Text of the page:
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The Not-So-Secret Fight of Porn

We say this "secret" sin has very public consequences and causes.

The woman on the phone was emphatic: “I want my husband to succeed.” A bright, resilient 30-year-old not yet past her third anniversary, Faith (not her real name) was describing what marriage had already taught her about sexuality, self-sacrifice ... and pornography.

The latter was not something she had expected to deal with.

“I knew he had struggled with pornography in the past,” Faith told me, but she thought this was largely a “result of him not being able to have sex ... of him being single. I had no idea.”

In an age where Christianity Today reports that 40 percent of pastors with Internet access have been to a porn site, and the Associated Press says more and more hotels offer “porn-on-demand” as a standard amenity, Faith’s encounter isn’t as unusual as we might wish.

“I don’t think there’s a human being alive who’s not affected by it,” says author and counselor Dan Allender. “We live in a debauched era, no question.”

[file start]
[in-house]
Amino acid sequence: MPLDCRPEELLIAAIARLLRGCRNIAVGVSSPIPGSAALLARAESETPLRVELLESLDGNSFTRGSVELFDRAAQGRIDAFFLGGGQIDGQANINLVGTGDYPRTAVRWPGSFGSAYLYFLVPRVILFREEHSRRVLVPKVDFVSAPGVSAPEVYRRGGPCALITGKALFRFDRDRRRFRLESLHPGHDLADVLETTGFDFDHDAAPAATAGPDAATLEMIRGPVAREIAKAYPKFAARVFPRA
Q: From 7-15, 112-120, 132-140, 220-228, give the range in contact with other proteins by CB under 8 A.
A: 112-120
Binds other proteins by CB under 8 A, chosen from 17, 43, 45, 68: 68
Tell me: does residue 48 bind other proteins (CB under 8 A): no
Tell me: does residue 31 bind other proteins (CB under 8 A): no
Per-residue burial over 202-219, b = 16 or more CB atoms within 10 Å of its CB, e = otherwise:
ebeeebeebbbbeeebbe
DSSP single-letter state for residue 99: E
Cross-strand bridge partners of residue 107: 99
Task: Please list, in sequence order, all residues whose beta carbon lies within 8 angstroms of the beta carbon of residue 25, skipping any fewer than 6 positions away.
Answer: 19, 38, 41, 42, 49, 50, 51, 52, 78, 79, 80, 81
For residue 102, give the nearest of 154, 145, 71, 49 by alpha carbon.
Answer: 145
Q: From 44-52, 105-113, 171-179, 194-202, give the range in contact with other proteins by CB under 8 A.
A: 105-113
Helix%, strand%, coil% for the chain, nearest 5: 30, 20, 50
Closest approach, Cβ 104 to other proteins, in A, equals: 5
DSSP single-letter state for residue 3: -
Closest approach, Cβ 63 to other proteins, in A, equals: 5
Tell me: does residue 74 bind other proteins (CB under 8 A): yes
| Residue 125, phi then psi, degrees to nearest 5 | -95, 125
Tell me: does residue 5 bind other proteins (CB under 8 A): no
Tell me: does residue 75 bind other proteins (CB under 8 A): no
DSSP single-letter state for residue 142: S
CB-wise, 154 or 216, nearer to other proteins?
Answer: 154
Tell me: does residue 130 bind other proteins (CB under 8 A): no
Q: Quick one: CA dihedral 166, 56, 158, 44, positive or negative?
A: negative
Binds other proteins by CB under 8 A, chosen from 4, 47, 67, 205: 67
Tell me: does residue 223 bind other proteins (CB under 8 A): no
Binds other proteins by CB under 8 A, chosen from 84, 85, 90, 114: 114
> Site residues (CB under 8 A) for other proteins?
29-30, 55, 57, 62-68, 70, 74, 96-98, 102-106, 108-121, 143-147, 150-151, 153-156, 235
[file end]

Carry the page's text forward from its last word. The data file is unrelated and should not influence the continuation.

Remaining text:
But where some might blame the Sexual Revolution for a loosening of morals, Allender faults an increase in availability and accessibility to pornography and the accompanying sense of shamelessness this produces more than any seismic shift in human nature.

Certainly, if one reads the Old Testament, there are accounts that might give even the most brazen TV talk-show host pause. Why, then, does pornography still have the power to surprise?

Naive though it seems in retrospect, Faith’s ignorance of what drives the largely (but by no means exclusive) male use of pornography makes a certain sense in a Christian culture where lust is so much more often vilified than sins like self-righteousness, laziness and gluttony. After all, aren't we constantly told to control sexual desire while we're single? No wonder Paul said that it was “better to marry than to burn with passion” (1 Corinthians 7:9, TNIV).

There have, of course, been other kinds of fire that Christians have faced historically. Blaise Pascal, the 17th-century mathematician and physicist, is famous in religious circles for what some call his “night of fire”—an encounter with God so vivid, he kept the piece of paper describing it sewed in his jacket until he died.

Hebrews speaks of God as “a consuming fire” (12:29), and David writes in Psalm 63:1, “You, God, are my God, earnestly I seek you; I thirst for you, in a dry and parched land where there is no water.”